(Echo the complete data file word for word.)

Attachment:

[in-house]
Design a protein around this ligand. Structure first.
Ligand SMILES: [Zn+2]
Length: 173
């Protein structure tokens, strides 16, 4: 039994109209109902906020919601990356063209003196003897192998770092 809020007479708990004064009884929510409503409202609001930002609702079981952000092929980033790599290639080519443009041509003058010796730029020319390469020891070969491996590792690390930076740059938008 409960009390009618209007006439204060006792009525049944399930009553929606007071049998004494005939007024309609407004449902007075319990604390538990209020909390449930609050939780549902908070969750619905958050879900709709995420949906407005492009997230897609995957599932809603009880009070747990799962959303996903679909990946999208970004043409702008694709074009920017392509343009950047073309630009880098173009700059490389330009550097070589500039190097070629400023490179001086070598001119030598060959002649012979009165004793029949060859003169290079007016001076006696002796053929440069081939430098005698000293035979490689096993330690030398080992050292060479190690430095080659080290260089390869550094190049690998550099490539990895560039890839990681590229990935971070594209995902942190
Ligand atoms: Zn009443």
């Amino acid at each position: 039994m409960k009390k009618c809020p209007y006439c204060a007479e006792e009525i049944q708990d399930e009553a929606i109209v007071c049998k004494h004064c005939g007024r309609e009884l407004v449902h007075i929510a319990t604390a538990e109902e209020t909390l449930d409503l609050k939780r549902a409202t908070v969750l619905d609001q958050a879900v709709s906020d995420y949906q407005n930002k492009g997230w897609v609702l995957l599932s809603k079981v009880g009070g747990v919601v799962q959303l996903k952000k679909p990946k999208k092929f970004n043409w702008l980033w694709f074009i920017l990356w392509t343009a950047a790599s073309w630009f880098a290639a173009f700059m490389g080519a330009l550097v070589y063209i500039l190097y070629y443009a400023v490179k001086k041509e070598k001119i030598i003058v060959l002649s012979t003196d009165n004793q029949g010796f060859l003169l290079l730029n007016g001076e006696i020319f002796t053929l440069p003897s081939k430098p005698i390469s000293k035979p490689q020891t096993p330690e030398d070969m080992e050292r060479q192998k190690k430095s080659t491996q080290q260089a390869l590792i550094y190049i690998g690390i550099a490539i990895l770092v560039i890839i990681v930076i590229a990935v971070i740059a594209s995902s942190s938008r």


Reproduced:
[in-house]
Design a protein around this ligand. Structure first.
Ligand SMILES: [Zn+2]
Length: 173
């Protein structure tokens, strides 16, 4: 039994109209109902906020919601990356063209003196003897192998770092 809020007479708990004064009884929510409503409202609001930002609702079981952000092929980033790599290639080519443009041509003058010796730029020319390469020891070969491996590792690390930076740059938008 409960009390009618209007006439204060006792009525049944399930009553929606007071049998004494005939007024309609407004449902007075319990604390538990209020909390449930609050939780549902908070969750619905958050879900709709995420949906407005492009997230897609995957599932809603009880009070747990799962959303996903679909990946999208970004043409702008694709074009920017392509343009950047073309630009880098173009700059490389330009550097070589500039190097070629400023490179001086070598001119030598060959002649012979009165004793029949060859003169290079007016001076006696002796053929440069081939430098005698000293035979490689096993330690030398080992050292060479190690430095080659080290260089390869550094190049690998550099490539990895560039890839990681590229990935971070594209995902942190
Ligand atoms: Zn009443």
């Amino acid at each position: 039994m409960k009390k009618c809020p209007y006439c204060a007479e006792e009525i049944q708990d399930e009553a929606i109209v007071c049998k004494h004064c005939g007024r309609e009884l407004v449902h007075i929510a319990t604390a538990e109902e209020t909390l449930d409503l609050k939780r549902a409202t908070v969750l619905d609001q958050a879900v709709s906020d995420y949906q407005n930002k492009g997230w897609v609702l995957l599932s809603k079981v009880g009070g747990v919601v799962q959303l996903k952000k679909p990946k999208k092929f970004n043409w702008l980033w694709f074009i920017l990356w392509t343009a950047a790599s073309w630009f880098a290639a173009f700059m490389g080519a330009l550097v070589y063209i500039l190097y070629y443009a400023v490179k001086k041509e070598k001119i030598i003058v060959l002649s012979t003196d009165n004793q029949g010796f060859l003169l290079l730029n007016g001076e006696i020319f002796t053929l440069p003897s081939k430098p005698i390469s000293k035979p490689q020891t096993p330690e030398d070969m080992e050292r060479q192998k190690k430095s080659t491996q080290q260089a390869l590792i550094y190049i690998g690390i550099a490539i990895l770092v560039i890839i990681v930076i590229a990935v971070i740059a594209s995902s942190s938008r």